[Double Impact] ‘Cyborg’ (1989)

From the twisted minds of BB Ben and Sailor Monsoon comes a new collaborative review series called Double Impact! For these opinion pieces, we watch a film, discuss it, and then Sailor turns our drunken conversations into something legible and entertaining!

There is no rhyme or reason to the movie selection process, but don’t be surprised if we lean heavily on garbage action films (that’s right, Chuck Norris, the meme stops here).

Strap in, Exiles.

This is–Double Impact!

Film: Cyborg

Action Star: The muscles from Brussels

Tagline (that doubles as a plot synopsis): “He’s the first hero of the 21st century…..and he’s our only hope.”

Review and Random Thoughts

Basement Bros– So, correct me if I’m wrong but didn’t this start life as a He-Man sequel?

Sailor Monsoon– Ugh. I’m far too drunk to explain the convoluted history of this film.

BB– CliffsNotes that shit.

SM– (takes another shot of vodka) Oh my lord. That’s…I’m pretty sure I just sucked down aftershave. Ok. Cyber…oh it burns. That stings the throat something fierce. Ok. Before Cannon went belly up, they planned on making a He-Man sequel set in a dystopian Earth created by Skeletor. They had already started creating costumes and “sets” before the plug was pulled. Not wanting to waste what they had already made, they hired Albert Pyun to write a new script that would utilize the locations and what have you. He merged two scripts he already had laying around and used the name of his cat as his writing pseudonym. I don’t remember the name. Pussy Glamour or something. [Editor’s Note: It’s Kitty Chalmers]

BB– Cannon has created a ton of crazy ass shit but I can’t picture a Mad Max ripoff starring He-Man.

SM– The costumes and sets were also going to be used in their cancelled Spider-Man film starring Gymkata superstar Michael Dudikoff.

BB– Michael Dudikoff wasn’t in Gymkata.

SM– That’s incorrect. Gymkata starred Dudikoff, a pommel horse(s) and America.

BB– it was Kurt Thomas. Not Dudikoff.

SM– Sweet Jesus. I’ve just been Nelson Mandela’d. I would’ve bet working man money that it was Dudikoff. And I’m now at the point where we’ve said his name so many times, it’s lost any semblance of meaning. It just looks like random letters to me. I’m very drunk.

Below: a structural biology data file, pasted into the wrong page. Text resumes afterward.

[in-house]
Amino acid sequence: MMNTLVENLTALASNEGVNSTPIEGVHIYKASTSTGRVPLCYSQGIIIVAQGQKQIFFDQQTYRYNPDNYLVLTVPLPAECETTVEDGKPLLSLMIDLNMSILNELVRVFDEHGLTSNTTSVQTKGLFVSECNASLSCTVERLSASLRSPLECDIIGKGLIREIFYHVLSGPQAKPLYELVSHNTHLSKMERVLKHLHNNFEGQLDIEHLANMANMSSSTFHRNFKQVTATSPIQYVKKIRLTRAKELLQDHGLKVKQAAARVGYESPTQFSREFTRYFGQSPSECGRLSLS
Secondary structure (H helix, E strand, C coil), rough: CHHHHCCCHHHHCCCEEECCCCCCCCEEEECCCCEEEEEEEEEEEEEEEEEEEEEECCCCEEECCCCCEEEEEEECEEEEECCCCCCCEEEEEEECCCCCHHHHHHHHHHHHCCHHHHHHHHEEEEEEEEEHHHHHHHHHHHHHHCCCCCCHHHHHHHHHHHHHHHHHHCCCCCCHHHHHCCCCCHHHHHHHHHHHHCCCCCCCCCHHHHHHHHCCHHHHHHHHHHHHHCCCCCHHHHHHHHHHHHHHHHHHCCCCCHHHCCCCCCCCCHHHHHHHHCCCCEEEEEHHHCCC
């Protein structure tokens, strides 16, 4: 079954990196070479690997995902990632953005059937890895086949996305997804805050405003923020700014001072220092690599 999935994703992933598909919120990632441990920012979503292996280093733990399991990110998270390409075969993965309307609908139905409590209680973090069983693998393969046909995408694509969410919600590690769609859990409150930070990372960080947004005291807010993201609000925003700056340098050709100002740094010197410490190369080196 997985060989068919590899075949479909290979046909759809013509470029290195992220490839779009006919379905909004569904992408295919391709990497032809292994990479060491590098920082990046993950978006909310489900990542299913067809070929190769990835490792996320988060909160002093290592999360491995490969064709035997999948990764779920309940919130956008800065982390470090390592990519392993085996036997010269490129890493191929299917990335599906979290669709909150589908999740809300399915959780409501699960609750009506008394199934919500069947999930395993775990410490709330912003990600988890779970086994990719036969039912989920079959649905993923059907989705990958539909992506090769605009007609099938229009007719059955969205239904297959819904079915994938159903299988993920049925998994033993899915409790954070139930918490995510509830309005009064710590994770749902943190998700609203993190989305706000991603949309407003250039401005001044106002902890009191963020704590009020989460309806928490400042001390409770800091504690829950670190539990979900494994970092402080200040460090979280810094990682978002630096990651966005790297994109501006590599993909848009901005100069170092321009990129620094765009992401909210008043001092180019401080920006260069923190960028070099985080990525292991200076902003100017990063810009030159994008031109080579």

BB– Speaking of drunk, Van Damme’s hair in the flashbacks 👌.

SM– We really gotta work on our segues.

BB– Van Damme looks like a pirate in the present scenes and Sarah Conner from Terminator 2 in the flashbacks.

SM– A homeless pirate, which is an oxymoron. And speaking of flashbacks, this film could be split up into three sections: 1. Flashbacks 2. Extremely long close ups 3. Knife sharpening.

BB– You want to tackle the plot?

SM– Honestly, if this was a game show and the objective was to describe the plot of this film or get shot in the face, I’d spend the time allotted to me saying goodbye to my lady because I just watched this movie and I’ve already forgot the plot.

BB– Various guys named after guitars are fighting over a robot that has the cure to the plague. Van-Damme kicks people.

SM– I’m not joking. I literally forgot the entire plot of this film. Where is she going? Why does the bad guy want her?
Who is the chick with the big tits? How did she become involved in this and why does she care? How is Van-Damme connected to all of this? It’s 74% roundhouse kicks to either the face or dick and I’m still completely blank on the sequence of events.

BB– The only thing I’m hazy on is what exactly a “slinger” is. They call Van-Damme that multiple times but it’s never explained.

SM– They call him that because he slings massive amounts of dick.

BB– That must be the reason.

SM– (is beginning to hallucinate due to the booze) I think they call liquor “spirits” due to the fact that if you drink enough of it, you’ll see some goddamn ghosts. Is this absinthe? I think I’m suffering from the crazy.

BB– Y’know, as nonsensical as this is, I dig its Mad Max meets cyberpunk vibe. It’s got a great set up and is elevated by the Pyun touch. Albert Pyun:
The John Carpenter of D movies.

SM– I’m not going to disagree. I think Pyun was always handicapped by his budget and while his films may not always congeal properly, he definitely has talent. The scene in the sewers is a well constructed set piece and the crucifixion scene is very close to being great. He has a great eye for visuals.

BB– It’s a shame that Cannon went under because I would’ve loved to have seen this become a franchise.

SM– It did become a franchise.

BB– We don’t talk about those.

SM– But back to your point, I think it’s a shame not more action heroes did genre work. Schwarzenegger did an action/horror and Stallone did an action/thriller but only after the success of the Sixth Sense. Neither one of them ventured too far off the path earlier in their careers. And that’s a shame. I guess Total Recall and Demolition Man come close but it would’ve been great to see them show up in an insane post-apocalyptic.

BB– Its weird that this has a budget.

SM– As opposed to an Asylum production or the usual Cannon film? It looks like they had two locations: Parking lot and swamp.

BB– There’s a robot head!

SM— I think that was Pyun’s pitch.

BB– Apparently Roger Ebert hated this film.

SM– He also hated Fight Club and Blue Velvet. What does he know?

BB– And loved Garfield, I believe.

SM– Well, that’s understandable. Bill Murray as a lasagna eating cat is fucking hilarious.

BB— This is truth.

SM— God, I’d burn down an orphanage on Christmas for some lasagna. Or to have these hallucinations stop. Either, or.

Conversations without context

“In the Future” … “Because we didn’t feel like picking a year.”

“Btw, I’ve never seen Thunderdome.”

“Yay gratuitous nudity!’

“Goddamn, she’s got some big ass titties.”

“This guy is like a villainous human Powerline.”